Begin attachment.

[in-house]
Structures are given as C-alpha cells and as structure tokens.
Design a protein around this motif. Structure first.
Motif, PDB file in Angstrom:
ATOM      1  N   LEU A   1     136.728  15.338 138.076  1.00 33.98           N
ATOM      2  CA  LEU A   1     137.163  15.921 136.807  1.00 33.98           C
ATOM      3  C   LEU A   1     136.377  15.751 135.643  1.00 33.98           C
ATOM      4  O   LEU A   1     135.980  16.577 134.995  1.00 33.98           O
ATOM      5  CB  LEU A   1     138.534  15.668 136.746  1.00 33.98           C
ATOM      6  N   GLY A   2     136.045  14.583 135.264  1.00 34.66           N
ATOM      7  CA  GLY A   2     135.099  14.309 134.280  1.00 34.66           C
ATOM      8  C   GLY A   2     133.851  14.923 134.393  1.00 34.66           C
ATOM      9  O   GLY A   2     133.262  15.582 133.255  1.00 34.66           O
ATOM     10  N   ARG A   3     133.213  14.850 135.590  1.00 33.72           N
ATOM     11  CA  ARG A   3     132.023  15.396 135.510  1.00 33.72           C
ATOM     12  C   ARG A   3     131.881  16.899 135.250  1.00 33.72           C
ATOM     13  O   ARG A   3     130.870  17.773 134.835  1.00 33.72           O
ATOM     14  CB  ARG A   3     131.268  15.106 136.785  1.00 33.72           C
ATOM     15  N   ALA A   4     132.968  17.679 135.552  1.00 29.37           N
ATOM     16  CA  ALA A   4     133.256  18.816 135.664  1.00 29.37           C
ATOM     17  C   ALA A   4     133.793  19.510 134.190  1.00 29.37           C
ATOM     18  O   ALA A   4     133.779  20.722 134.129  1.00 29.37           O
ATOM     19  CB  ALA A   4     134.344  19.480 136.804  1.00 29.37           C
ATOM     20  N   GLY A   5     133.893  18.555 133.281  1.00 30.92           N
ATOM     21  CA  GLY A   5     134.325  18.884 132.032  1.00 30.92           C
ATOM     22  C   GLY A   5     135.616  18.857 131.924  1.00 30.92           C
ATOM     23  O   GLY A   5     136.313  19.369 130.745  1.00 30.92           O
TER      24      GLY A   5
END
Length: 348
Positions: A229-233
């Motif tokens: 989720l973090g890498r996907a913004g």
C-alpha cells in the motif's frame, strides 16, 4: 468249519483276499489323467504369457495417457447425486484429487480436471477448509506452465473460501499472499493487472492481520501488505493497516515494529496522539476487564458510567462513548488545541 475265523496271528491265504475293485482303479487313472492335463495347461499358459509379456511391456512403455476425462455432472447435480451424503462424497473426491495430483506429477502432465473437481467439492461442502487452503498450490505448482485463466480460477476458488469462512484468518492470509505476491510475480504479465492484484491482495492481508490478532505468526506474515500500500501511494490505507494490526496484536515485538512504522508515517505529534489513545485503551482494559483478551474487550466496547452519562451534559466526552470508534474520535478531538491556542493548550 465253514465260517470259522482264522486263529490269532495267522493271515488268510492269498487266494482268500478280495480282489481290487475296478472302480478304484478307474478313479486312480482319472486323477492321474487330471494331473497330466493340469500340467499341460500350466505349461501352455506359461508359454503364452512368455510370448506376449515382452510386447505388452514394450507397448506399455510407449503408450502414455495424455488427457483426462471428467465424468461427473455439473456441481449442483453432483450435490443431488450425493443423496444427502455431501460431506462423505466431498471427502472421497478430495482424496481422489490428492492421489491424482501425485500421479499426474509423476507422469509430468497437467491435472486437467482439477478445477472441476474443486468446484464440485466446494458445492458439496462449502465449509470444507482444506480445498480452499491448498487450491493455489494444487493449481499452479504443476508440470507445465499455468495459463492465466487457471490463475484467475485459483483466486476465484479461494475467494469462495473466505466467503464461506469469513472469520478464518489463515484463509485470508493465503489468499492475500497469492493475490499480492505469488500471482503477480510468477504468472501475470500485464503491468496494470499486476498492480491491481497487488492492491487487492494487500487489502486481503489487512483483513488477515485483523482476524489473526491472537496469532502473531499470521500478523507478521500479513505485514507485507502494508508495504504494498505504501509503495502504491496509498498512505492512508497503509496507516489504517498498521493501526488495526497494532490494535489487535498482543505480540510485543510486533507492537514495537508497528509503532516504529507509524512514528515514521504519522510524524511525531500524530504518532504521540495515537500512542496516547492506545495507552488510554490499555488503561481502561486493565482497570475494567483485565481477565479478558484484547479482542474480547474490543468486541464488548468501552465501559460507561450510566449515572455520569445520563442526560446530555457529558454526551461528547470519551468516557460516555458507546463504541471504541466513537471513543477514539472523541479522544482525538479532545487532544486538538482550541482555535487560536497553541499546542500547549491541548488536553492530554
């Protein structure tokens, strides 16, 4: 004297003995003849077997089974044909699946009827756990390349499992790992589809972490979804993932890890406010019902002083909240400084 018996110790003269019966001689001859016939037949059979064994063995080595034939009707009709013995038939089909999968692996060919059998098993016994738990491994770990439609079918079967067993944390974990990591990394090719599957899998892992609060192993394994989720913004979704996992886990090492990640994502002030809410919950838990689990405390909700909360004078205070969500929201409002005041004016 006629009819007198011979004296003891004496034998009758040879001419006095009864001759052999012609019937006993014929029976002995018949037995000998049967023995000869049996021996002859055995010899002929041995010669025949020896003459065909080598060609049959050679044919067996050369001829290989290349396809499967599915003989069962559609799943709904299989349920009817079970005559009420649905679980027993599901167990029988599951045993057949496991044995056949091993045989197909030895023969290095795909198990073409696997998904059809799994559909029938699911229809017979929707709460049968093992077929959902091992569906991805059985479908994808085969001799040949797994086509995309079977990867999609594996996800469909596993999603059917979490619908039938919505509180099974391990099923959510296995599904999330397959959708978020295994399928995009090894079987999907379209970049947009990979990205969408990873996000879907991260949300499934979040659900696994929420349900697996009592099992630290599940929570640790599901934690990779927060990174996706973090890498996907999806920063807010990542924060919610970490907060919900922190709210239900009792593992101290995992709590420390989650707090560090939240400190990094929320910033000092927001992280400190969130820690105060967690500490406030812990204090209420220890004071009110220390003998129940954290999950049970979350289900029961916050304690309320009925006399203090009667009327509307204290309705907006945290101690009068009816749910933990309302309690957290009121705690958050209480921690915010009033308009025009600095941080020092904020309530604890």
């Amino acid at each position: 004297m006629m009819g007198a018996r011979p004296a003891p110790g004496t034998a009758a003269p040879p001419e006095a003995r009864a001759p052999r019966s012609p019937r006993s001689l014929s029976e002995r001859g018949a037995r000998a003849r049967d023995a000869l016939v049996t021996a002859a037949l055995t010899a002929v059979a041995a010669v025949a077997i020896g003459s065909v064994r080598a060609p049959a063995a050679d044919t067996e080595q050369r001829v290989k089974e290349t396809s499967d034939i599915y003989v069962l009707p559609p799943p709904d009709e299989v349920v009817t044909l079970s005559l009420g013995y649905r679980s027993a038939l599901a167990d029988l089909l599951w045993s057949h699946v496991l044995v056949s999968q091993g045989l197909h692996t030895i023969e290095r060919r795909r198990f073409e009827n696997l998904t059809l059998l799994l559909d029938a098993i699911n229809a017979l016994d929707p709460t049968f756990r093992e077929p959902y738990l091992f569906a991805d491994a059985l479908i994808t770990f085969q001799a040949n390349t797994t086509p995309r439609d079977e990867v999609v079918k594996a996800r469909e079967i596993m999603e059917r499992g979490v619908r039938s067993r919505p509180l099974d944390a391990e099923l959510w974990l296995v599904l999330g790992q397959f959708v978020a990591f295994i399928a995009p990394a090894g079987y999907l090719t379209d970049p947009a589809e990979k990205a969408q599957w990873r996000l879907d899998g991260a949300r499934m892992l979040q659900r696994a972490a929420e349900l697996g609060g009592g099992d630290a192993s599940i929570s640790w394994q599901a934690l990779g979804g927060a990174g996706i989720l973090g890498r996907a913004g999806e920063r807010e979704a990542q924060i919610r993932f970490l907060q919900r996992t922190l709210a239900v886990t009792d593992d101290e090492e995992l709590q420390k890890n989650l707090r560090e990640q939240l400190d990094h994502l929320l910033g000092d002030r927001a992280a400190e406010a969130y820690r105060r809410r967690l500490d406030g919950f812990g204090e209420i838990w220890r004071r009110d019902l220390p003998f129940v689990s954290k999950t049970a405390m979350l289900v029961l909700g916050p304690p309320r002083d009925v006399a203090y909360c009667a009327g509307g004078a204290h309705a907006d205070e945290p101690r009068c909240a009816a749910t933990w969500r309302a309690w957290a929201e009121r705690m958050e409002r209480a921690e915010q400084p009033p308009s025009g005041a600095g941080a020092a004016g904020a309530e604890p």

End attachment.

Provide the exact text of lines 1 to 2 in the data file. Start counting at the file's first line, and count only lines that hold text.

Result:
[in-house]
Structures are given as C-alpha cells and as structure tokens.